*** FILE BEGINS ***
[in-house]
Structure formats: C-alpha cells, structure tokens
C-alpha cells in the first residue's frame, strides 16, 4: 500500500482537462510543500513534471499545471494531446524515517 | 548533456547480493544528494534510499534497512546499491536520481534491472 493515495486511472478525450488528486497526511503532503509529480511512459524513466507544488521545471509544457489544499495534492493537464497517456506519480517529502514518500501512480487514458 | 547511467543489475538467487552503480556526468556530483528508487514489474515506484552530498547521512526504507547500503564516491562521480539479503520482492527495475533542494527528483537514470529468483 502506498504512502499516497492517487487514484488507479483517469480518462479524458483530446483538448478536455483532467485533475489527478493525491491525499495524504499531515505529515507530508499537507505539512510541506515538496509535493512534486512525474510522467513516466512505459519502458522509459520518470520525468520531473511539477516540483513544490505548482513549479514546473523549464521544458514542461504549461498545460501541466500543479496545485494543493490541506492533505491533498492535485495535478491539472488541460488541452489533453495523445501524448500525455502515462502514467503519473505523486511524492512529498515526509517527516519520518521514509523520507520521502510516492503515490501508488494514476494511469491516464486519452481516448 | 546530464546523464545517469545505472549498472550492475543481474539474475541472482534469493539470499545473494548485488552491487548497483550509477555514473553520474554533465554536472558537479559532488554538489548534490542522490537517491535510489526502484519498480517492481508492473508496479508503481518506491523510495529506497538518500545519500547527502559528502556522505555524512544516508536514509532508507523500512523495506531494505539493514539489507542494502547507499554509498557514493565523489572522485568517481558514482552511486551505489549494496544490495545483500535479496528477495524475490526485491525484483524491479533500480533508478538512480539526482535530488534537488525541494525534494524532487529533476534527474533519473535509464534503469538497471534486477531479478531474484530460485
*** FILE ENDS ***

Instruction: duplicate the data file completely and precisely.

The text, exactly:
[in-house]
Structure formats: C-alpha cells, structure tokens
C-alpha cells in the first residue's frame, strides 16, 4: 500500500482537462510543500513534471499545471494531446524515517 | 548533456547480493544528494534510499534497512546499491536520481534491472 493515495486511472478525450488528486497526511503532503509529480511512459524513466507544488521545471509544457489544499495534492493537464497517456506519480517529502514518500501512480487514458 | 547511467543489475538467487552503480556526468556530483528508487514489474515506484552530498547521512526504507547500503564516491562521480539479503520482492527495475533542494527528483537514470529468483 502506498504512502499516497492517487487514484488507479483517469480518462479524458483530446483538448478536455483532467485533475489527478493525491491525499495524504499531515505529515507530508499537507505539512510541506515538496509535493512534486512525474510522467513516466512505459519502458522509459520518470520525468520531473511539477516540483513544490505548482513549479514546473523549464521544458514542461504549461498545460501541466500543479496545485494543493490541506492533505491533498492535485495535478491539472488541460488541452489533453495523445501524448500525455502515462502514467503519473505523486511524492512529498515526509517527516519520518521514509523520507520521502510516492503515490501508488494514476494511469491516464486519452481516448 | 546530464546523464545517469545505472549498472550492475543481474539474475541472482534469493539470499545473494548485488552491487548497483550509477555514473553520474554533465554536472558537479559532488554538489548534490542522490537517491535510489526502484519498480517492481508492473508496479508503481518506491523510495529506497538518500545519500547527502559528502556522505555524512544516508536514509532508507523500512523495506531494505539493514539489507542494502547507499554509498557514493565523489572522485568517481558514482552511486551505489549494496544490495545483500535479496528477495524475490526485491525484483524491479533500480533508478538512480539526482535530488534537488525541494525534494524532487529533476534527474533519473535509464534503469538497471534486477531479478531474484530460485